|SPEECH BY SHRI K.R.NARAYANAN, PRESIDENT
OF INDIA, WHILE RECEIVING THE DOCTORATE HONORIS CAUSA DEGREE
AT THE UNIVERSITY OF SAN MARCOS
THURSDAY, APRIL 30, 1998
Manuel Paredes Manrique, Rector of the University of San Marcos, Distinguished
faculty members, and students, Friends
am grateful to you and to the University of San Marcos for the honour
being bestowed on me today. The fact that your University is the oldest
institution of higher learning in both the Americas make me even more
sensible of the honour.
historic building in which we are gathered today, with its graceful arches
and beautiful courtyards, is reminiscent in many ways of the architecture
of the Indo-Islamic period of Indian history. Some Peruvian scholars have
noted that there are several iconographic motifs in Peru's colonial art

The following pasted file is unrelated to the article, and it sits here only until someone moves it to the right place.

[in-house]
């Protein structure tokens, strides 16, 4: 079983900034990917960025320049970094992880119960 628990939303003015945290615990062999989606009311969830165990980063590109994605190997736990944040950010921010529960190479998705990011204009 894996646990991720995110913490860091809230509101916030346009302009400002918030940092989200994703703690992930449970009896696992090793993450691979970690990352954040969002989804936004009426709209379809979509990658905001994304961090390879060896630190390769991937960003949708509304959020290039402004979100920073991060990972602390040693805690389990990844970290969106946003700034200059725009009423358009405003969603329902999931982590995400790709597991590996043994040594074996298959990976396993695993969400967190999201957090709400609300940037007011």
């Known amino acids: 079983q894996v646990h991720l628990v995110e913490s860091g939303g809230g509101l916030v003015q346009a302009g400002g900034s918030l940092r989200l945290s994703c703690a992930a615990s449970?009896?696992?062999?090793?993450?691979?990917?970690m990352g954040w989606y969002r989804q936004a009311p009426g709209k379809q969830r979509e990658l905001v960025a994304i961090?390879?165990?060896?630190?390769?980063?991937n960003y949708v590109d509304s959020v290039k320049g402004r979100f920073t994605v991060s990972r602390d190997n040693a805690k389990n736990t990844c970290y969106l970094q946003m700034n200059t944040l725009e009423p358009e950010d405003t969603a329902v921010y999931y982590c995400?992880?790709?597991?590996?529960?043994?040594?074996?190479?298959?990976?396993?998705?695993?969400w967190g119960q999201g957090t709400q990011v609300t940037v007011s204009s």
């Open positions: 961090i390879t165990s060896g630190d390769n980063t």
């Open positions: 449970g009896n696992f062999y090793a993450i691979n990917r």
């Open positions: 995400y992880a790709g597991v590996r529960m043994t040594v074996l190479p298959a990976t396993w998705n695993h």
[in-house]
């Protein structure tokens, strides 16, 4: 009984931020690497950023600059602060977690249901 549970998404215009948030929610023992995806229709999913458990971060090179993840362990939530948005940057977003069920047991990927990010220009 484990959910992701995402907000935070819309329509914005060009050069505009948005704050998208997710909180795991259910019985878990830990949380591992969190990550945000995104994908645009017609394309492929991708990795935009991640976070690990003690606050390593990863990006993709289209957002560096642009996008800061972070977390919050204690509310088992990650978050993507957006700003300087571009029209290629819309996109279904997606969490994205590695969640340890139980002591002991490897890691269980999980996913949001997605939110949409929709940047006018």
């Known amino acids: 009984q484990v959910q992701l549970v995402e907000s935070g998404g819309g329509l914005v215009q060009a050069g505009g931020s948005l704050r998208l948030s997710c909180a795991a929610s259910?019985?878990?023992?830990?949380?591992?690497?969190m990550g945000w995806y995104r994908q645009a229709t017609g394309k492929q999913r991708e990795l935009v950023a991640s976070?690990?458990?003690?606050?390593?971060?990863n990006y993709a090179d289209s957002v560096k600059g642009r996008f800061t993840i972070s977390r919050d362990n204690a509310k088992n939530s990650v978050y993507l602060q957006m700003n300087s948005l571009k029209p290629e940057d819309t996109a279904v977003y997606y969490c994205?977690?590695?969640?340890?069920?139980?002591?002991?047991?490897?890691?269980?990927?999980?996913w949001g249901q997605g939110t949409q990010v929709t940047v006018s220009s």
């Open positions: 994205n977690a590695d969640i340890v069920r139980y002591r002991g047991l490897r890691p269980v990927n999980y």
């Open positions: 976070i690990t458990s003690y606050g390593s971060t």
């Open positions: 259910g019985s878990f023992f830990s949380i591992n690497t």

that can be singled out as having their earliest origin in India. The
aesthetically striking 17th century balconies of Lima and the splendour
of some of the colonial palaces and churches evoke in many ways the luxury
of Moghul palaces in Agra and Delhi.
is a special link that India has with Ibero-America. In 1492, Christopher
Columbus discovered South America. He believed that the lands he discovered
were either parts of Asia or the sub-continent of India itself since his
intention was to reach India by sailing westward from Spain. He called
the regions he discovered "Las Indias", and the people he encountered
there he named "Los Indios". For three to four centuries thereafter the
Indian appellation stuck. Even the laws and statutes drawn up for the